Q&A: Old Man Dead?

Old Man Dead?

Question

Is our old self really dead once we become a Christian, or is it still alive and kicking? Most historic Calvinist such as Calvin, Bavinck and others hold that the old self and new self are aspects of the believer. (Rom.6:6, Col.3:9, Eph.4:22,24 and elsewhere.) John Murray didn't hold this view but said that the old self was speaking about the unregenerate. What do you say about this?

Answer

I line up with the majority of Reformed thinkers in believing that the old self is still a part of us, co-existing in a less-than-peaceful relationship with the new self. That being said, many good men are on the other side of the issue. I would also add that despite our differences of opinion on this matter of interpretation, and on the biblical use of the vocabulary of "new man," "old man," etc., our theology is really very similar. We all believe that everyone still sins, and that we all need forgiveness and sanctification on an ongoing basis. We all know experientially that it is hard to avoid temptation, and that sometimes it seems irresistible. We all believe we won't be perfected until Jesus returns, and that until then we are corruptible and corrupted. We all agree that we are influenced by sin through the world, the flesh and the devil. In short, there is not a great deal of substantive difference between the two camps, although there are certainly some that are worth noting, such as the way we go about thinking about sin and forgiveness, and particularly about conquering "besetting sins."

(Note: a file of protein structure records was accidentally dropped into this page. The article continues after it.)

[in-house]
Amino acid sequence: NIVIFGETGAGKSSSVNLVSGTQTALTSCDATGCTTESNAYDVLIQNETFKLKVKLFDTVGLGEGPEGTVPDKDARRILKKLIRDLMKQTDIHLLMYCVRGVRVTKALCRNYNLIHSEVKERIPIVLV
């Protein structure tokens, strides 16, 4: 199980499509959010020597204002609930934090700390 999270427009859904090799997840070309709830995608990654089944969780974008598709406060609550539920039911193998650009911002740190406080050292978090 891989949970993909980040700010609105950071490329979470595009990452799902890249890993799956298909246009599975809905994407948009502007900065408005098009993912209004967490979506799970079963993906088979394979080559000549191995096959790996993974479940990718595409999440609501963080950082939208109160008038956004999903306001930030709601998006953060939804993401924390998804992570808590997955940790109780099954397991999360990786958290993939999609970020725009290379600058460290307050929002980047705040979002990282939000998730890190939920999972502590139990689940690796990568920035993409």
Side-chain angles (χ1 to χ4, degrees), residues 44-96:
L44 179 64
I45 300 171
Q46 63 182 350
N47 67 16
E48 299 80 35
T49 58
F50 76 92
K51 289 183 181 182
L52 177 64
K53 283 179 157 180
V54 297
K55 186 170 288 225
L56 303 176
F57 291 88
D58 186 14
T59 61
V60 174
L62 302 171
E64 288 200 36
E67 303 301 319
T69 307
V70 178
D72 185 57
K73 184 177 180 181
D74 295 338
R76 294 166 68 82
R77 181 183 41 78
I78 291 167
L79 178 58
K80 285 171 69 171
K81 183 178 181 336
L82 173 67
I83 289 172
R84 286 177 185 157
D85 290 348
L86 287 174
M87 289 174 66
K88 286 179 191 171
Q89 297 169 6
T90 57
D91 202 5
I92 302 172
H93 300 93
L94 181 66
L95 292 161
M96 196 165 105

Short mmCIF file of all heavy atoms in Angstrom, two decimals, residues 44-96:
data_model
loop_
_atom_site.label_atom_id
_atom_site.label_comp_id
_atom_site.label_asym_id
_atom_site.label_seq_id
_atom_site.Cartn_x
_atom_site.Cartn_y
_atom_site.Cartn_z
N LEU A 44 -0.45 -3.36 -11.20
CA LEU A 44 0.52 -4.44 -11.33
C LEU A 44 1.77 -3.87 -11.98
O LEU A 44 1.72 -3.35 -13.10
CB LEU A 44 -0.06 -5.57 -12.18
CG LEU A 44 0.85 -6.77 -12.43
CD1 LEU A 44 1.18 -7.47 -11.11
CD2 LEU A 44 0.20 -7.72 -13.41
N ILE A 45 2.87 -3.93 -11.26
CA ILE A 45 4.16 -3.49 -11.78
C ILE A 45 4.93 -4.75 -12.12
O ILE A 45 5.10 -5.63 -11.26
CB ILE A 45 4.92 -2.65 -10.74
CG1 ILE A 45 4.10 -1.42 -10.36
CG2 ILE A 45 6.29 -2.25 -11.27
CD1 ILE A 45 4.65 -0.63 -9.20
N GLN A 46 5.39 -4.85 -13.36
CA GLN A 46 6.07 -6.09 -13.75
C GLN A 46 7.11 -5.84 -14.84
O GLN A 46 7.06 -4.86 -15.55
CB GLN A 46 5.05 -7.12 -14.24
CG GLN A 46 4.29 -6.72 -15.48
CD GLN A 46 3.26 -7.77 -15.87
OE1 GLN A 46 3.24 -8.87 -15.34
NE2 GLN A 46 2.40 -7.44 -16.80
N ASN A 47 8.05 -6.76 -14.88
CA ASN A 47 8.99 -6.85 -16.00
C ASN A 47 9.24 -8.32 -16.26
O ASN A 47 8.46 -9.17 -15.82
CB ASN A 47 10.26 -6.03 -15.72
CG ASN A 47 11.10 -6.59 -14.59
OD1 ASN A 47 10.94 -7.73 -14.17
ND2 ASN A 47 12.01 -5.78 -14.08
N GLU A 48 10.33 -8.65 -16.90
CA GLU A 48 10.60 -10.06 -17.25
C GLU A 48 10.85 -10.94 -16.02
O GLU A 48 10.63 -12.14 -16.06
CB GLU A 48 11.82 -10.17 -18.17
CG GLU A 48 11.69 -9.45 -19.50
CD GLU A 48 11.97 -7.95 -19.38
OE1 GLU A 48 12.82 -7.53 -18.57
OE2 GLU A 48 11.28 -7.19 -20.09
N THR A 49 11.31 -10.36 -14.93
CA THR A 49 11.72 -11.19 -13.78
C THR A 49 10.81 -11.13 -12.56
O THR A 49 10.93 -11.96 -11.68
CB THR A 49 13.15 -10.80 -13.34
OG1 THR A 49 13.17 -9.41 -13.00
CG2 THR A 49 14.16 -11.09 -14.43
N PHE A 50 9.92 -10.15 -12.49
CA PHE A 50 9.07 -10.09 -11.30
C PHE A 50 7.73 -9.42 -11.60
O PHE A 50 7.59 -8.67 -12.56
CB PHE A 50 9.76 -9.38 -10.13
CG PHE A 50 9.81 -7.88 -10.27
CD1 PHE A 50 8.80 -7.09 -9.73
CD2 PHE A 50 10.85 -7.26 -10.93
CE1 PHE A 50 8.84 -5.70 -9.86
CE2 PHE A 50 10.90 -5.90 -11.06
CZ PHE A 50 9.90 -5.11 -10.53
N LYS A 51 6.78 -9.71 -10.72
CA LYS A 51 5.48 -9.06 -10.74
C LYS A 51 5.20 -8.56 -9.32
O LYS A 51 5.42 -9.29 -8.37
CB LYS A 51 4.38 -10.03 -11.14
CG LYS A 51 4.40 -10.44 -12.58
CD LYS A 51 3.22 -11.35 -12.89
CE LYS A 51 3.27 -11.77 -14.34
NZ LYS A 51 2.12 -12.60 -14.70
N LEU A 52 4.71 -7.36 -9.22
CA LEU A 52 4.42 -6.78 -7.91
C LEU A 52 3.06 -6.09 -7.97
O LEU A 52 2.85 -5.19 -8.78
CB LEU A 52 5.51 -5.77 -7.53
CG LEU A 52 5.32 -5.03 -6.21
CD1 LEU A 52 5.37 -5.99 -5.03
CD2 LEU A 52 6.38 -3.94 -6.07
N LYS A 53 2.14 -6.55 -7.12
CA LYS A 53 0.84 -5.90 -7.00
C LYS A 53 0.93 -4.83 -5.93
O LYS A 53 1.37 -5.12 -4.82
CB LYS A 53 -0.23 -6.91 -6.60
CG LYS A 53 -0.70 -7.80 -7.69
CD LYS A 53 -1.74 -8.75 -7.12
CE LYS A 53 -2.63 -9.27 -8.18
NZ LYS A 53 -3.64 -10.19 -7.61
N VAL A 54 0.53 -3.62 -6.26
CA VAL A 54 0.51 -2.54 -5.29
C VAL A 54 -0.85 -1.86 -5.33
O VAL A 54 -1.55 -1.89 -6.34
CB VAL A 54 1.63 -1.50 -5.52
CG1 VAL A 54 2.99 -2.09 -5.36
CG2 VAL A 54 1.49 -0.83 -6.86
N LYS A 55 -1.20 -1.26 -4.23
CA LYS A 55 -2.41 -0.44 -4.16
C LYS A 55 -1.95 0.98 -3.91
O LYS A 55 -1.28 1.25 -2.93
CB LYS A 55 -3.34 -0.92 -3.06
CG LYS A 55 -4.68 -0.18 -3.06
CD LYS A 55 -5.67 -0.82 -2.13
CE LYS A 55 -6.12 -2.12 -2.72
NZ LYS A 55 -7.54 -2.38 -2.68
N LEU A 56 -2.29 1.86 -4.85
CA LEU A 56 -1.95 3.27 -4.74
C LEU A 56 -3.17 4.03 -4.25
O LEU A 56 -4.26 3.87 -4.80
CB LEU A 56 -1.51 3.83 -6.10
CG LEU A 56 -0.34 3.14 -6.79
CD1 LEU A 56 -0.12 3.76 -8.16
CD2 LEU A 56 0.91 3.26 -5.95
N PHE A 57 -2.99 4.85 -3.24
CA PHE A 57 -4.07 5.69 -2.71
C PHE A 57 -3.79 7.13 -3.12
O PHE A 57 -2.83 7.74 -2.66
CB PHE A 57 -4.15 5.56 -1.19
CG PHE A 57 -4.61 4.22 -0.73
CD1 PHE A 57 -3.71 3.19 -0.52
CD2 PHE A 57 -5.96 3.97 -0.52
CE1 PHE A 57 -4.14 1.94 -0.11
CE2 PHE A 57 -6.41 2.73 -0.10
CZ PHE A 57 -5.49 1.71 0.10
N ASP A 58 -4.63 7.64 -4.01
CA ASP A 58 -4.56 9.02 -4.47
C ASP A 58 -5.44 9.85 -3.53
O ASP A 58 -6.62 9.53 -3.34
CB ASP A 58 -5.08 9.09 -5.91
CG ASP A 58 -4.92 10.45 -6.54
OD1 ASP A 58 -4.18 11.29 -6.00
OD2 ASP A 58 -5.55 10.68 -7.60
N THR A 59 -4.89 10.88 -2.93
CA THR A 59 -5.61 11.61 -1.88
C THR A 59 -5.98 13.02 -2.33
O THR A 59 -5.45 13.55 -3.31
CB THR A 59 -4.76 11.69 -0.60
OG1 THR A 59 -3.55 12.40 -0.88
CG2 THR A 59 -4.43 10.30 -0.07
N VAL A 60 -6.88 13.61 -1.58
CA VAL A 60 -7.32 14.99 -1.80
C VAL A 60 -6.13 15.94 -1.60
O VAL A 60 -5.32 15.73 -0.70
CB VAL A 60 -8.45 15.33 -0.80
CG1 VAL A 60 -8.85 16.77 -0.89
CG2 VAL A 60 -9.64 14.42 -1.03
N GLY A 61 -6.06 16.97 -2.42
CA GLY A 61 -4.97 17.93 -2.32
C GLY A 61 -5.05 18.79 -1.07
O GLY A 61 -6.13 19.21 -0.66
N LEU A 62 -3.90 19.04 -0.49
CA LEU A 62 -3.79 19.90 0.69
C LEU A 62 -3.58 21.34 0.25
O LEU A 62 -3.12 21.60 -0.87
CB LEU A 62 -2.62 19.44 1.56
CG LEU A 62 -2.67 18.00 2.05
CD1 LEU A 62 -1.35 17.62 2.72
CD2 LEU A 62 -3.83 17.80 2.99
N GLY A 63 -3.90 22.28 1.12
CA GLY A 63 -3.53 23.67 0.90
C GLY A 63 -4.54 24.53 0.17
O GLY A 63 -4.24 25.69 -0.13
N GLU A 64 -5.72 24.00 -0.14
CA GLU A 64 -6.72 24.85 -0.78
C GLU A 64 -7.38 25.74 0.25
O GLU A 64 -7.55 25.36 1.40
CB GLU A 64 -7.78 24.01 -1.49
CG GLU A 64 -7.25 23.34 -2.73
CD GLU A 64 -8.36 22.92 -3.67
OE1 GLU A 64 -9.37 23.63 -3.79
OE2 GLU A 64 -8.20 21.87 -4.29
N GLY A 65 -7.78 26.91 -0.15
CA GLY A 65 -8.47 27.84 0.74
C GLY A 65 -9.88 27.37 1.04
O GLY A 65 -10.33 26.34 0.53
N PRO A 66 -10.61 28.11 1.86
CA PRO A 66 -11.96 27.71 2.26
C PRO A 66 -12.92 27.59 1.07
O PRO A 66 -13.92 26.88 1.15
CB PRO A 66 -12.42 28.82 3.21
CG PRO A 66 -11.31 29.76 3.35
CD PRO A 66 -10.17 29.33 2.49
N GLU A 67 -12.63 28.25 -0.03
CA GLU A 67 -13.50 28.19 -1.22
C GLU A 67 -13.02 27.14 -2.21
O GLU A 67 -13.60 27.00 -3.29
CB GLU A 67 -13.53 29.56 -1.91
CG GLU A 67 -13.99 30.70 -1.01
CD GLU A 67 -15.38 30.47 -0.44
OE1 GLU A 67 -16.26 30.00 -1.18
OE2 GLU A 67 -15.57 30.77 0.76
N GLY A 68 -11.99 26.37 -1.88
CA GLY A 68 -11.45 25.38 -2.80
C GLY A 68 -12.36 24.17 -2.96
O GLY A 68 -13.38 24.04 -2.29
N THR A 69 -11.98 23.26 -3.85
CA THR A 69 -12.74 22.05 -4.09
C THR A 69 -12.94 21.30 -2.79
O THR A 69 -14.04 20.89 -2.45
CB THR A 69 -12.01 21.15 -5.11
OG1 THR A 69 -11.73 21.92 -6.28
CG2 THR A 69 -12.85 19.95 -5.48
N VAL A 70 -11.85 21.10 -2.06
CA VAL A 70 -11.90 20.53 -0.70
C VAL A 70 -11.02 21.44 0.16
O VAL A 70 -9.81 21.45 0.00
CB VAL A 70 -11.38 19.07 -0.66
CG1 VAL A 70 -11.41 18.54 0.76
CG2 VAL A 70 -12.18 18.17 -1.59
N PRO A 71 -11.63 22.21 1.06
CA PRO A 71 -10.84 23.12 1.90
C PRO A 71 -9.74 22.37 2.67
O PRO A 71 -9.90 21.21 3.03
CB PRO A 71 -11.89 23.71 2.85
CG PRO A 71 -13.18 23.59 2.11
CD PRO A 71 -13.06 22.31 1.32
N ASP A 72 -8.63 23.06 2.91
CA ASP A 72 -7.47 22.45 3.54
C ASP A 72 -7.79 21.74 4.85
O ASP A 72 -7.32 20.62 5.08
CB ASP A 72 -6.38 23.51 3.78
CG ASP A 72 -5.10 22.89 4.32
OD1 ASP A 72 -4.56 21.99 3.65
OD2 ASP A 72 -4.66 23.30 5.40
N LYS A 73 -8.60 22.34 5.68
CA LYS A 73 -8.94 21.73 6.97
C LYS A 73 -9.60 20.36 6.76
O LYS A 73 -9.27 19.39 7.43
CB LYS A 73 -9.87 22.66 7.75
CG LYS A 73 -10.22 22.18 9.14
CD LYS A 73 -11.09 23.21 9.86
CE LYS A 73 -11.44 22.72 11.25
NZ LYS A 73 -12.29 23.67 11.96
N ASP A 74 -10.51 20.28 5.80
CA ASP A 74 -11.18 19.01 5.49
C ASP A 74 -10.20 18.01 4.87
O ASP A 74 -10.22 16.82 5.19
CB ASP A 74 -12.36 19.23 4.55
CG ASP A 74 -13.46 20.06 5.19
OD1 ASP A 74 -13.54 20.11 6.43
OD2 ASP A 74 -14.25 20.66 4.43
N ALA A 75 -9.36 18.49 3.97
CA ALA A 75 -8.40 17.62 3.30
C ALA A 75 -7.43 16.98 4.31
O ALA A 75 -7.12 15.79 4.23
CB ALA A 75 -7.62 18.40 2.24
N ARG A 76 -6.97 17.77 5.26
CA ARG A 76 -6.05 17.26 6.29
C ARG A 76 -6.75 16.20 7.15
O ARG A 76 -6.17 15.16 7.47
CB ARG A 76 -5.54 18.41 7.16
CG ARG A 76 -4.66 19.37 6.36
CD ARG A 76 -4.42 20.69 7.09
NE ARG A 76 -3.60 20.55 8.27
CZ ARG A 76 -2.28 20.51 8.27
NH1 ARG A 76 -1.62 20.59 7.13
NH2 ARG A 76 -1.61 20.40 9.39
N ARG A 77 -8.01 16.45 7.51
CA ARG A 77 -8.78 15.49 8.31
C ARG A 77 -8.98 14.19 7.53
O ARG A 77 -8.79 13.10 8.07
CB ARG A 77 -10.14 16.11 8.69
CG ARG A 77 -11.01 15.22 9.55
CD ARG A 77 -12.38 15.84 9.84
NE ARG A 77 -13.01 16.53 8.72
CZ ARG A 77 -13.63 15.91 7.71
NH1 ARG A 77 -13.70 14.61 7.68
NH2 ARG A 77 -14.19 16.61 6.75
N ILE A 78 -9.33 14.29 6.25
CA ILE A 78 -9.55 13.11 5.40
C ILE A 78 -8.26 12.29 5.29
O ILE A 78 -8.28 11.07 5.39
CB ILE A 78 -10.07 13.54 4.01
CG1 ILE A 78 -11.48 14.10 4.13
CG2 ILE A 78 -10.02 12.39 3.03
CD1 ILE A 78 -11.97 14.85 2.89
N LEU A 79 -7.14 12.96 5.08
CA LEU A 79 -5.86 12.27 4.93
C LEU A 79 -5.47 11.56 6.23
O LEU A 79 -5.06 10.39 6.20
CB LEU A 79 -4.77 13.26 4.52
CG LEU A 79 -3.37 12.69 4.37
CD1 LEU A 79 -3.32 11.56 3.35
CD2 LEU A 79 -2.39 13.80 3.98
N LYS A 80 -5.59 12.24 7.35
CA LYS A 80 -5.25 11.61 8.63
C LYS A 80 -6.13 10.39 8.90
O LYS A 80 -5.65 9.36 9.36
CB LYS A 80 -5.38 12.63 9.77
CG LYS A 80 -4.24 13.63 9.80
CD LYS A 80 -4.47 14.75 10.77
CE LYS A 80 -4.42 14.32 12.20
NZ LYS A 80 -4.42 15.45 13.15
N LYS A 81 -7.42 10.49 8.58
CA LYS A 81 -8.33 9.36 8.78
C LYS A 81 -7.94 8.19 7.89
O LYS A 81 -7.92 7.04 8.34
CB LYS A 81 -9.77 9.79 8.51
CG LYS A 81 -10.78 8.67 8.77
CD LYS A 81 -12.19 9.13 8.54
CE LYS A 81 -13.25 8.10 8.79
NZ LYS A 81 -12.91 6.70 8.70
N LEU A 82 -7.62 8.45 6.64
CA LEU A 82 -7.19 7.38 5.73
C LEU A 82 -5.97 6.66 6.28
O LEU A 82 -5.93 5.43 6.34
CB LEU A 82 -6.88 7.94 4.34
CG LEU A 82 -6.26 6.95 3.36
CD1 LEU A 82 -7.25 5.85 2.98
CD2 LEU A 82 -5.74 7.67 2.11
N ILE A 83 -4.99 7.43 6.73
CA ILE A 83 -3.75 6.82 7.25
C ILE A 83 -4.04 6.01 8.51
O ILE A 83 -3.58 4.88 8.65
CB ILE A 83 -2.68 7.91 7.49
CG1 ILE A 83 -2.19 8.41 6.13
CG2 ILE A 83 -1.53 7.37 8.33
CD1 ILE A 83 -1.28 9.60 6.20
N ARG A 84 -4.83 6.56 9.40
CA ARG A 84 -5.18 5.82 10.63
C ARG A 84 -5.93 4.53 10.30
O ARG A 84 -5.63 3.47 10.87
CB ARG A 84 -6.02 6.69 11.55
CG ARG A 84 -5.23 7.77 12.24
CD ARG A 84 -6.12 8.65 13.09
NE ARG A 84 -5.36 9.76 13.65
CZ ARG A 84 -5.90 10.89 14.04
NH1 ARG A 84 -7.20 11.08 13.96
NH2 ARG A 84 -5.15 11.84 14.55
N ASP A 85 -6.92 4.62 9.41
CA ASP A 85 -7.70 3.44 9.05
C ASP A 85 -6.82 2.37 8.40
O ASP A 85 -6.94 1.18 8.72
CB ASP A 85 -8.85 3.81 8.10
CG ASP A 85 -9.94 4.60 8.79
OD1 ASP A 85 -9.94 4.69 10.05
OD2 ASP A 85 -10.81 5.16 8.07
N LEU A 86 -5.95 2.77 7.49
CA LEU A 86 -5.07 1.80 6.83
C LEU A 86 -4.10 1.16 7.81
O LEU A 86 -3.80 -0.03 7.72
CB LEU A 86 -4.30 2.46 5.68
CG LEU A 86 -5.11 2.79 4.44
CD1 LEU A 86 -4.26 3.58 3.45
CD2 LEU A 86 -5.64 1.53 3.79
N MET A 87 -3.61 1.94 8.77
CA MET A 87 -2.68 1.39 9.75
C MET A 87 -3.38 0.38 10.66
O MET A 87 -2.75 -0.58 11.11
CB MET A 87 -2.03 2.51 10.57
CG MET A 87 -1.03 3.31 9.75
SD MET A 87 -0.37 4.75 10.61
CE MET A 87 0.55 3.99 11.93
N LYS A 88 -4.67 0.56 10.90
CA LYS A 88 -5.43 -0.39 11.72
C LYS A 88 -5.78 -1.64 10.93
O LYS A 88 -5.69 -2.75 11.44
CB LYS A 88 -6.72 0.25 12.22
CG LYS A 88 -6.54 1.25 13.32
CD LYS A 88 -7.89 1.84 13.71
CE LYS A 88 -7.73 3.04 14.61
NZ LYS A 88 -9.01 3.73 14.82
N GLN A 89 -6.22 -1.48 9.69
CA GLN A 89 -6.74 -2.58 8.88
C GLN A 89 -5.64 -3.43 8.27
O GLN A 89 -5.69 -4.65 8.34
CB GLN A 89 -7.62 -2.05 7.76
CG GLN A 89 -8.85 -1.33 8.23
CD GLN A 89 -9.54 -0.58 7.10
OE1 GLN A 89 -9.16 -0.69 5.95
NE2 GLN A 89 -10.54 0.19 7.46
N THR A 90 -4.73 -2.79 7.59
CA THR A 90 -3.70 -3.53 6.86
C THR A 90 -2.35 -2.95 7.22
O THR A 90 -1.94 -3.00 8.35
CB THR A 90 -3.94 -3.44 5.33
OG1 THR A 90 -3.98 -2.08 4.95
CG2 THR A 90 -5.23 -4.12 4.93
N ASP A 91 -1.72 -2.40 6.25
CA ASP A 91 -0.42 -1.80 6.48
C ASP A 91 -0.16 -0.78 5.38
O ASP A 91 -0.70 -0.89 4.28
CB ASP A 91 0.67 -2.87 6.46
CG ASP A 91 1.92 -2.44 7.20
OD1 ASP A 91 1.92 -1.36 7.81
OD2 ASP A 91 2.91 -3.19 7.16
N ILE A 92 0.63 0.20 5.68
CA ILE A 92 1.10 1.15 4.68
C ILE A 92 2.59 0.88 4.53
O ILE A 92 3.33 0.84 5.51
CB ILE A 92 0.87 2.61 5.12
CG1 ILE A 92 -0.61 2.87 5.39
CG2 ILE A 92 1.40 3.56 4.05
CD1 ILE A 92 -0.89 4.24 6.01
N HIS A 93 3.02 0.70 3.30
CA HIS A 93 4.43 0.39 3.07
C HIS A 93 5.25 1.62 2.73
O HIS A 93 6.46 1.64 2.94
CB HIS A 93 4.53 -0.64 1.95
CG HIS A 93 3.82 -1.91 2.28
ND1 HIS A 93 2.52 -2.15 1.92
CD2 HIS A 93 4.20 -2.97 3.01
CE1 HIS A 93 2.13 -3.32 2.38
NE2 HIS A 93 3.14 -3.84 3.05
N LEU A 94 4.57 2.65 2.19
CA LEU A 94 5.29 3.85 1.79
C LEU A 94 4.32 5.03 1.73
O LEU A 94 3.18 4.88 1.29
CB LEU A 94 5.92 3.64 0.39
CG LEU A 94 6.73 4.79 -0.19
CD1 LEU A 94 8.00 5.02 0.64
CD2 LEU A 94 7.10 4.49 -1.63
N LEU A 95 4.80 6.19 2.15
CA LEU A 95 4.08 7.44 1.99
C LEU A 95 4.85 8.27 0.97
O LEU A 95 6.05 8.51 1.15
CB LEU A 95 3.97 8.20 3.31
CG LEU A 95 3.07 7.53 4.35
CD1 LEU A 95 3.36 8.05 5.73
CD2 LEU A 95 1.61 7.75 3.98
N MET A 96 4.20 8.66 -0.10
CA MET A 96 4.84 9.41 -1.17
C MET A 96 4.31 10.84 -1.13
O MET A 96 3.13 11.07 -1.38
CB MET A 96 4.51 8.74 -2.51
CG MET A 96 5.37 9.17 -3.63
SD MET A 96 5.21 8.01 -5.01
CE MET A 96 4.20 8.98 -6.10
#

In general, I would say that those who believe that the old self is dead and gone argue largely on theological grounds, whereas those who believe the old self is still an active force argue on largely exegetical grounds. I know that is a gross oversimplification, but it does seem to me that some of the language on this subject is rather direct, and that the only way to come to the minority view is to defer to one's theology over against what appears to me to be the fairly plain reading of the text. Let me give you a specific example: Romans 7:14-25. This is one of the greatest passages of debate in this issue. I have a rather extensive answer online dealing with this passage, if you are interested (Q&A).

In answer to some of the specific passages you have mentioned, Romans 6:6ff. does not appear to me to state that the old man is dead and gone. Paul was speaking here of three states of existence, not two.

First, our old self was crucified with Christ when we came to faith. We were crucified by virtue of our union with Christ in his death. The purpose of this was, in part, to free us from sin and its bondage. But the bondage Paul had in mind seems primarily to have been to the effects of sin, not to the present power of sin ("not under law but under grace," Rom. 6:14).

Second, we have been united to Christ in his resurrection, and we currently live in him. But we do not yet live in him in the way we will in the future -- we have yet to be glorified as he is. When that happens, we will be perfectly free from sin's influence.